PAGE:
Photo by Mike Bull
USC offers a new interdisciplinary beyond-the-classroom experience in biology and music
During the Spring 2018 term, students in DUDYCHA BIOL 599 Topics in Biology and BAIN MUSC 540/(737) (Advanced) Projects in Computer Music teamed up in a unique beyond-the-classroom experience that focuses on interdisciplinary student research/creative activity that lies at the intersections of evolutionary biology and algorithmic composition. This class is part of the Mutational Music Project, the broader impact component of Dr. Jeff Dudycha’s National Science Foundation (NSF) grant Mutational variance of the transcriptome and the origins of phenotypic plasticity (NSF award #1556645). Dr. Reginald Bain is the other senior person on this NSF grant.
Music enhances learning in STEM education
by Ellen Woodoff (from Da Capo 2015-16)
When biology professor Jeff Dudycha approached Reginald Bain, professor of composition and music theory, about collaborating on a National Science Foundation grant, Bain jumped at the prospect. "My previous experience in musical sonification and my deep interest in mathematics and computer science made this a very natural collaboration," Bain said.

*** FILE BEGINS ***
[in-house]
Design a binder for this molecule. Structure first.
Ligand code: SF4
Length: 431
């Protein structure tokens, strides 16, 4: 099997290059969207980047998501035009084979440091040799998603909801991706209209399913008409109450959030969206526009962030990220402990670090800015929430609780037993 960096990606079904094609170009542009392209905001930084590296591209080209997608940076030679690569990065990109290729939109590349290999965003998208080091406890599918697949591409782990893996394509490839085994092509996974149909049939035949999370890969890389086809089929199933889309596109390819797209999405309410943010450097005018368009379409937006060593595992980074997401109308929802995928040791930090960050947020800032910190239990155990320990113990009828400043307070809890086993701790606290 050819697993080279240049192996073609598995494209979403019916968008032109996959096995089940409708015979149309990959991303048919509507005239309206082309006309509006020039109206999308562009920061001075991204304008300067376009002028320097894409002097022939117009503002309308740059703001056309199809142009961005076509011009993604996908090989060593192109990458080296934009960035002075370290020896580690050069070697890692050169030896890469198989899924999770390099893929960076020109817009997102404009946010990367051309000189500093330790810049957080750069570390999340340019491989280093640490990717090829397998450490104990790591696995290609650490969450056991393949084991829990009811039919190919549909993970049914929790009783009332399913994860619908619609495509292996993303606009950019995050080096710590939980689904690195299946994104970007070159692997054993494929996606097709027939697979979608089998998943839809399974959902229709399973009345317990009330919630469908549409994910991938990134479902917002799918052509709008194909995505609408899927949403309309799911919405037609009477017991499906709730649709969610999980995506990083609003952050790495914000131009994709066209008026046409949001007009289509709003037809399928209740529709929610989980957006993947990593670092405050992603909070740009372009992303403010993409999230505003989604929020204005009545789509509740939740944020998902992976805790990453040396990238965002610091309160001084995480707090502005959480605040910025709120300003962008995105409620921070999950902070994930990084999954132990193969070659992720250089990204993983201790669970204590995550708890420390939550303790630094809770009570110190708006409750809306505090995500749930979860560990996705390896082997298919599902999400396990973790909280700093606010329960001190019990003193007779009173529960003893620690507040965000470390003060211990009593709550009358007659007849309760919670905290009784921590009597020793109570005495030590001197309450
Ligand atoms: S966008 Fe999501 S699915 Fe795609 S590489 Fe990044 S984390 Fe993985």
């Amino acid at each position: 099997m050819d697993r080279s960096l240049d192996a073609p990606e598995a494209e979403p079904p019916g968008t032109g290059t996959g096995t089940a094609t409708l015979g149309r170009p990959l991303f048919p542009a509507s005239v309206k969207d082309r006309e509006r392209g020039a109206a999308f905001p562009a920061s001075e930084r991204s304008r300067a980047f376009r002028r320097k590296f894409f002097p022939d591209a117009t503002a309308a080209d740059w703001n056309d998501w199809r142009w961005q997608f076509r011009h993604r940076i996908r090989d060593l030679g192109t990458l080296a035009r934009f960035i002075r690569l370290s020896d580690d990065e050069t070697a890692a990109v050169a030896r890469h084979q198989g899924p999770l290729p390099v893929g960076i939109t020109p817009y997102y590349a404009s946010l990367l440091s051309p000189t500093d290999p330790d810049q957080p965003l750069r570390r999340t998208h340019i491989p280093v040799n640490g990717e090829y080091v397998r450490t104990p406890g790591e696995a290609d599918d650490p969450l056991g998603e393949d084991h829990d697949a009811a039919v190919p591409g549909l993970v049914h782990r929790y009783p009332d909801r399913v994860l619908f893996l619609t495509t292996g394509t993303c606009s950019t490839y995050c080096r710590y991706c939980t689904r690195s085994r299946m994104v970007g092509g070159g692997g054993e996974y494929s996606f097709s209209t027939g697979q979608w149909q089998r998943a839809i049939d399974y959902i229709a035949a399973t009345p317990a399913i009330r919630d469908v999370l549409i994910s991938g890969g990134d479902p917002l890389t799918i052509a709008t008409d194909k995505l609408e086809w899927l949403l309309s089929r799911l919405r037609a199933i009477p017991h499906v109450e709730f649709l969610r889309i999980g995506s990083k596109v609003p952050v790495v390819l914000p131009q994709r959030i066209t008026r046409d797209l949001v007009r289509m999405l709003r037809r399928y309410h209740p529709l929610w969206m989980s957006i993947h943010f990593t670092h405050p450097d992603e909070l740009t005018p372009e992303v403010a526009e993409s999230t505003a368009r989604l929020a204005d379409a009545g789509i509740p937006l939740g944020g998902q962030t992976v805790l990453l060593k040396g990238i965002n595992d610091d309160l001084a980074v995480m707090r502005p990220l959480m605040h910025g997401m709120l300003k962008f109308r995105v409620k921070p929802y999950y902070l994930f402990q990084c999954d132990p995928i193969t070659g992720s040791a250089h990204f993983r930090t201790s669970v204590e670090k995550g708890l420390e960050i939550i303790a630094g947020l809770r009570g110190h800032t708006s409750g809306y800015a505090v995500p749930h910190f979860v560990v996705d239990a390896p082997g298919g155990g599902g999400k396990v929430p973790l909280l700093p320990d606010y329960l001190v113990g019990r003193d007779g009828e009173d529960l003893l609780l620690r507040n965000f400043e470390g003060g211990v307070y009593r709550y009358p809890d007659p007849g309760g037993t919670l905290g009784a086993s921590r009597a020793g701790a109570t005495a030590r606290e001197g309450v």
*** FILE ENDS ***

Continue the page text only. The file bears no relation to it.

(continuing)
Genetic differences arise due to errors made when copying DNA, the molecule in which genetic information is stored. If the errors happen during cell divisions that lead to offspring, the differences will be inherited by future generations. Understanding these spontaneous mutations is a fundamental goal of biologists.
Bain, who directs the Experimental Music Studio at USC, is developing software that simulates genetic copying errors in the context of music. When students learn genetics, they often begin with misconceptions about mutations. But illustrating properties of mutations are difficult to show in class settings.
The software that will be developed under the Mutational Music project will be used as an interactive teaching tool that creates musical analogues of spontaneous mutations and more. Users will be able to create music by allowing an initial musical “seed” to mutate for a number of generations, and then compare the ancestral and descendent music aurally. The software will be based on established approaches to data sonification and computer music, and algorithms will be defined by information on the rate and characteristics of biological mutations.
Updated: May 29, 2018